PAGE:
My father's generation of farmers at least, placed great stock in being warm. The attraction of a winter home where the sun never failed and the temperature never made water a solid was irresistible to them. So off they embarked to places made habitable only by air-conditioning.
When I visited my folks in Florida, I came away with a feeling of escaping from a future too ghastly for contemplation. It persists today.
Perhaps its because I have had the advantages of fleece winter coats, four-wheel drive SUV's and reliable central heating, but I have never been tempted to yank up roots to simply experience more summer than I feel nature intended.
It could be more than that. Aging occurs differently in different places.
Years ago I learned something about aging -- that it wasn't so much the date of your birth but the place you were living in that determined whether or not you were old. There was a geography of aging in America. I began to notice this when I moved from Manhattan to Los Angeles in the nineteen seventies and stayed there through the nineties working as a script writer for various studios. I don't have any East Coast snobbery about the culture or lack of it in LA: nice, sentient, intelligent, art loving, caring people actually live there -- but it became clear to me that every time I returned home to New York to visit my folks I felt ten years younger, and every time I stepped out of the terminal at LAX I aged a decade. At first I didn't have a clue as to why that was happening -- I figured that it wasn't just because my parents still viewed me as their youngest child in New York it was the LA experience. I eventually learned that one became an official senior citizen at fifty in Los Angeles, and New York was holding fast to sixty five. Sure, I could get into movies cheaper, but in LA people canvassing in malls failed to ask my opinion on any topic -- I was outside the cherished demographic of 18-40. Then it happened. When I reached fifty nine, my important LA agent called me into his office and sadly, gently fired me -- noting that although I had many awards for writing, indeed too many which gave away the length of my career, and I was a helluva nice guy, he couldn't sell me to the studios or the networks. The message the agent conveyed was that I was old news... out of touch with the zeitgeist... incapable of understanding or creating what America wanted -- an America dominated by the young, and the youth worshipers. As the father of two young sons I was stunned by this -- I felt I knew more about how young people felt and acted than most young people. But the tide was too strong to fight it, and I soon went to Germany to work on a film, and later managed to do a series for the BBC. [More]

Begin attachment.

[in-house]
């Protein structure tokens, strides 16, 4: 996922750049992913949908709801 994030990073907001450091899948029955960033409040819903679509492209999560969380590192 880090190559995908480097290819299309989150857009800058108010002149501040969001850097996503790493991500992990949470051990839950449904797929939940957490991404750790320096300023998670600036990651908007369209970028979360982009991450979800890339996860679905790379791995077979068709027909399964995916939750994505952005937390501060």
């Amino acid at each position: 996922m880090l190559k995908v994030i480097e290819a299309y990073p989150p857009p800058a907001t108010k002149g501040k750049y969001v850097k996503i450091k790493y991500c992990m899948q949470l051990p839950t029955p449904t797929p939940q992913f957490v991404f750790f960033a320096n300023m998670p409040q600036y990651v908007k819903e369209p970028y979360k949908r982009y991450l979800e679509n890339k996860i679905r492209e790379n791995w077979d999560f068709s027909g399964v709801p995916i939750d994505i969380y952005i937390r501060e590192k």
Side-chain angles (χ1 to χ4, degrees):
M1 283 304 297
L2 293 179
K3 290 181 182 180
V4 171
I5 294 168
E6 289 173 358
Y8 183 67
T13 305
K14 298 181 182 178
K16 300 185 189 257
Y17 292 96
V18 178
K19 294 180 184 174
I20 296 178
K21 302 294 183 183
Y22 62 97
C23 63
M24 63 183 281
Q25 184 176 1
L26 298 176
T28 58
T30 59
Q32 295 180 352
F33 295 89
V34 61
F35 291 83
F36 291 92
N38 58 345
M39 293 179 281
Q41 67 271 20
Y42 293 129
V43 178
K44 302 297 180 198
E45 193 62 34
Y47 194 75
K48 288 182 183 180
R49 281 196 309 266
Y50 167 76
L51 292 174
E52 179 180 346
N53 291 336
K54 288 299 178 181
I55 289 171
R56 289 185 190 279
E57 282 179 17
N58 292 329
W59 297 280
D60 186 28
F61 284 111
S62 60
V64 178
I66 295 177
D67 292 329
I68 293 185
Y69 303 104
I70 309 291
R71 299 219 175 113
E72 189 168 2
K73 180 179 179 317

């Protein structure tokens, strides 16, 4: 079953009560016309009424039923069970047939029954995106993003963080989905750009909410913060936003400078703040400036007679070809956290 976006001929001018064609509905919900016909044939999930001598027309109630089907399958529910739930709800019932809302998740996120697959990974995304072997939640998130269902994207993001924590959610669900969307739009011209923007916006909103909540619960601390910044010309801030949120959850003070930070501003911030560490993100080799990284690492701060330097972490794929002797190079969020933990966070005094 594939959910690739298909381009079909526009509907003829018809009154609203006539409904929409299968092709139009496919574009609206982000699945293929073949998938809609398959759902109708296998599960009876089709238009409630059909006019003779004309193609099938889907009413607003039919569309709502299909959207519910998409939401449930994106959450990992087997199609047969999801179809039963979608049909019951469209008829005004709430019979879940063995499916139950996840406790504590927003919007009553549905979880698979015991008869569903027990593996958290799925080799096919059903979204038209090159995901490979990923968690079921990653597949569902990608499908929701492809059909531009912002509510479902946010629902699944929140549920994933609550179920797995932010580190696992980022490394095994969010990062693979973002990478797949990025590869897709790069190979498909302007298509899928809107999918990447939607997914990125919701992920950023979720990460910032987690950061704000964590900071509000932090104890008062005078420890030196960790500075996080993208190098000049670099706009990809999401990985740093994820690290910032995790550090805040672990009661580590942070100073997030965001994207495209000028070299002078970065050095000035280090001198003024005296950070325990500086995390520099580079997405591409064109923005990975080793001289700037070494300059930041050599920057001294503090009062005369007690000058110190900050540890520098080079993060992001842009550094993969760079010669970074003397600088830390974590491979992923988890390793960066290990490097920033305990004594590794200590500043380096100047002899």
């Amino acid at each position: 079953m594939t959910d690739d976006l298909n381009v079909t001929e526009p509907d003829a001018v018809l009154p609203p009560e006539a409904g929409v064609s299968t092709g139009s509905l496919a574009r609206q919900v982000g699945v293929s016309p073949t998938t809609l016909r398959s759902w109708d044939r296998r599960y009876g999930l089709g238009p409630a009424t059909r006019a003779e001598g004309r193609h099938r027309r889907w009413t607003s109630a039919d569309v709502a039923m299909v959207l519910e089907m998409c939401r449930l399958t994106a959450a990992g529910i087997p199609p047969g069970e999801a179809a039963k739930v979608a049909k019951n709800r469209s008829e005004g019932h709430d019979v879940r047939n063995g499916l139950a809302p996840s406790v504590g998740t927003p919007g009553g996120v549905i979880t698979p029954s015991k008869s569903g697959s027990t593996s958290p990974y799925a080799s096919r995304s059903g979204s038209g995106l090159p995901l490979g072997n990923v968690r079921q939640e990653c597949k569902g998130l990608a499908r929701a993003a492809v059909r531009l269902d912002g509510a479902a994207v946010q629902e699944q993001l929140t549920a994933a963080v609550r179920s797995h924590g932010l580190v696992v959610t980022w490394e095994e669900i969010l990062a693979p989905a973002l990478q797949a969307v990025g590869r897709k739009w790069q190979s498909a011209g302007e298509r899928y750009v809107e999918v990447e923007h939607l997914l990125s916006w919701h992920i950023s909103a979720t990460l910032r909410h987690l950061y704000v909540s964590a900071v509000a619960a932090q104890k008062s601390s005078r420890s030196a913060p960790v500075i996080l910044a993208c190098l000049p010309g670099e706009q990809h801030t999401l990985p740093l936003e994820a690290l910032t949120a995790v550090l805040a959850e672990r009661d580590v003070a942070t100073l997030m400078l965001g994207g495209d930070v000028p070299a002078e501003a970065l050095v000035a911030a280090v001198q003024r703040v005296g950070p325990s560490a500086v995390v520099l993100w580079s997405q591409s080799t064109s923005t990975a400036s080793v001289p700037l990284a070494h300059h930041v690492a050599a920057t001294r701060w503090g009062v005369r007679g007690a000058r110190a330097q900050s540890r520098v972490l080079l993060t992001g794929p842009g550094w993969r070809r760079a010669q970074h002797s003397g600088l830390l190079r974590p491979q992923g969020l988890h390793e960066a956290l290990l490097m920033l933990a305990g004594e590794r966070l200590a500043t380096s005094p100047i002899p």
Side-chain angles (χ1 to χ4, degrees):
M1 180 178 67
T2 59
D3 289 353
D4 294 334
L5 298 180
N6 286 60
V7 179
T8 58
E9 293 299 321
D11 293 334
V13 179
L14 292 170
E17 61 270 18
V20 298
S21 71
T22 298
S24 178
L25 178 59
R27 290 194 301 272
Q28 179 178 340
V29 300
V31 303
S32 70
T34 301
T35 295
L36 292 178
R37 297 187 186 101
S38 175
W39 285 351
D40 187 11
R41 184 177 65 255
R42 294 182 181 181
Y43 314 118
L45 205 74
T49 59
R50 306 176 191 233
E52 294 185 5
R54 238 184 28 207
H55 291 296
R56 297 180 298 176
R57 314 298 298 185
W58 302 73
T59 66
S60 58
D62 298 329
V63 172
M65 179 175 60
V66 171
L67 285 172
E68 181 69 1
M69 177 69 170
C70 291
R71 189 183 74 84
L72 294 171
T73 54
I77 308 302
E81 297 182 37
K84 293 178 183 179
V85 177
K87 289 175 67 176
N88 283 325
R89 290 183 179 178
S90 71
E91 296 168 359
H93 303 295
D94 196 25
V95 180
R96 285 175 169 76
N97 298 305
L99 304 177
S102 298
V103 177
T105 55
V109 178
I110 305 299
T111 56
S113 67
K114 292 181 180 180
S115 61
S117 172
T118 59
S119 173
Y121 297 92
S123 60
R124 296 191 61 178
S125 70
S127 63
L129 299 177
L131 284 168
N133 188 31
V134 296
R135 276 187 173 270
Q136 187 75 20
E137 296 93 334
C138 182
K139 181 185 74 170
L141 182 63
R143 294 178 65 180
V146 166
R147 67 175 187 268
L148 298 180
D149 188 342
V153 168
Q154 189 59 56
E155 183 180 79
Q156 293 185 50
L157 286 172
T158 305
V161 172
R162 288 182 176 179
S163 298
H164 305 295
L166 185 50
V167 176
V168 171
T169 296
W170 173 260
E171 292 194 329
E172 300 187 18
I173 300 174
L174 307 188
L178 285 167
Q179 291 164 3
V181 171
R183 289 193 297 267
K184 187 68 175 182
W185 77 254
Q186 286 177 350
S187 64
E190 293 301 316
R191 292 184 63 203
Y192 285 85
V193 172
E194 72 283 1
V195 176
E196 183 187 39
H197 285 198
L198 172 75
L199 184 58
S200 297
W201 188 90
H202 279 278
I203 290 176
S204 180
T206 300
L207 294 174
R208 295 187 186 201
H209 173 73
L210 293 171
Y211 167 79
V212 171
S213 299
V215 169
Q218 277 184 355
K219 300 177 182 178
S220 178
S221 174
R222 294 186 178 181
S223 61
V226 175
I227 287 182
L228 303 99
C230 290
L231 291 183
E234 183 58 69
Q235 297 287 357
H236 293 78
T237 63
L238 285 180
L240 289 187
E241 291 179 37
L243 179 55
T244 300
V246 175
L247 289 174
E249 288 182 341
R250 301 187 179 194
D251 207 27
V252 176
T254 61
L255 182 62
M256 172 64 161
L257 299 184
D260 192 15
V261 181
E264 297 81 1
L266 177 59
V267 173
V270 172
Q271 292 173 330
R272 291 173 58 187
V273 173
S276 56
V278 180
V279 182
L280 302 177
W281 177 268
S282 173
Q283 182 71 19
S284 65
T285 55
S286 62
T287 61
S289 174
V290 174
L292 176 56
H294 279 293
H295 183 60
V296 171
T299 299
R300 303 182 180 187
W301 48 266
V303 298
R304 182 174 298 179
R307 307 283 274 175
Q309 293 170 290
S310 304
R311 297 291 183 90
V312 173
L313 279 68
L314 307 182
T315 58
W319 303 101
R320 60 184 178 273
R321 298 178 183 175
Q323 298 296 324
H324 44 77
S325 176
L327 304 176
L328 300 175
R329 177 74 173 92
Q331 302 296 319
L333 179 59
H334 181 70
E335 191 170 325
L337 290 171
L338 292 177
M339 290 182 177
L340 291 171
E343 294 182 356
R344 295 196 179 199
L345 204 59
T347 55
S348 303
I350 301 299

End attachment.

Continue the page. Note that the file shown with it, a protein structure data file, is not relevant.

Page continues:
It is very likely I am deeply in denial and time will reverse my prejudices, but the idea of NOT dying in the cold is repugnant to me.
I've been to North Dakota too often methinks.